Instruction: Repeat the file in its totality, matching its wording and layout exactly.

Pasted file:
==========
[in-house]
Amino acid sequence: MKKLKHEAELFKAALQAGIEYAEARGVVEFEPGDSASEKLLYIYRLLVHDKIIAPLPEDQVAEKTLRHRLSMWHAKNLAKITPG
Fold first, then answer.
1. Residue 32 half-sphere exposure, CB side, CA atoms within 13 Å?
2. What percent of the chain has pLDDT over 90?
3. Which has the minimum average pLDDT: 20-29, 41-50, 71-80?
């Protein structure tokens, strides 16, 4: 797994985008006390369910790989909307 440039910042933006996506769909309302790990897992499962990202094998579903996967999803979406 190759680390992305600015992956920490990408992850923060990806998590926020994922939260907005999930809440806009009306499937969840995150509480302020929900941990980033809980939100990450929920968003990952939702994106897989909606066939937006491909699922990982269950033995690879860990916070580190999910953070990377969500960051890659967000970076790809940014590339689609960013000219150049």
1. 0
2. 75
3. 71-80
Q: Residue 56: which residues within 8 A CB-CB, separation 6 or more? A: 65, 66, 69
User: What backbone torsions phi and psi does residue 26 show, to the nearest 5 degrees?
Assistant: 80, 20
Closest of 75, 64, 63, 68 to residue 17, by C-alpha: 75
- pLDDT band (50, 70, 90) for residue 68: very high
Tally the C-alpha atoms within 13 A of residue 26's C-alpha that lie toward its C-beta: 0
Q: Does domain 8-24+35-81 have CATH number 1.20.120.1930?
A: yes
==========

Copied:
[in-house]
Amino acid sequence: MKKLKHEAELFKAALQAGIEYAEARGVVEFEPGDSASEKLLYIYRLLVHDKIIAPLPEDQVAEKTLRHRLSMWHAKNLAKITPG
Fold first, then answer.
1. Residue 32 half-sphere exposure, CB side, CA atoms within 13 Å?
2. What percent of the chain has pLDDT over 90?
3. Which has the minimum average pLDDT: 20-29, 41-50, 71-80?
């Protein structure tokens, strides 16, 4: 797994985008006390369910790989909307 440039910042933006996506769909309302790990897992499962990202094998579903996967999803979406 190759680390992305600015992956920490990408992850923060990806998590926020994922939260907005999930809440806009009306499937969840995150509480302020929900941990980033809980939100990450929920968003990952939702994106897989909606066939937006491909699922990982269950033995690879860990916070580190999910953070990377969500960051890659967000970076790809940014590339689609960013000219150049």
1. 0
2. 75
3. 71-80
Q: Residue 56: which residues within 8 A CB-CB, separation 6 or more? A: 65, 66, 69
User: What backbone torsions phi and psi does residue 26 show, to the nearest 5 degrees?
Assistant: 80, 20
Closest of 75, 64, 63, 68 to residue 17, by C-alpha: 75
- pLDDT band (50, 70, 90) for residue 68: very high
Tally the C-alpha atoms within 13 A of residue 26's C-alpha that lie toward its C-beta: 0
Q: Does domain 8-24+35-81 have CATH number 1.20.120.1930?
A: yes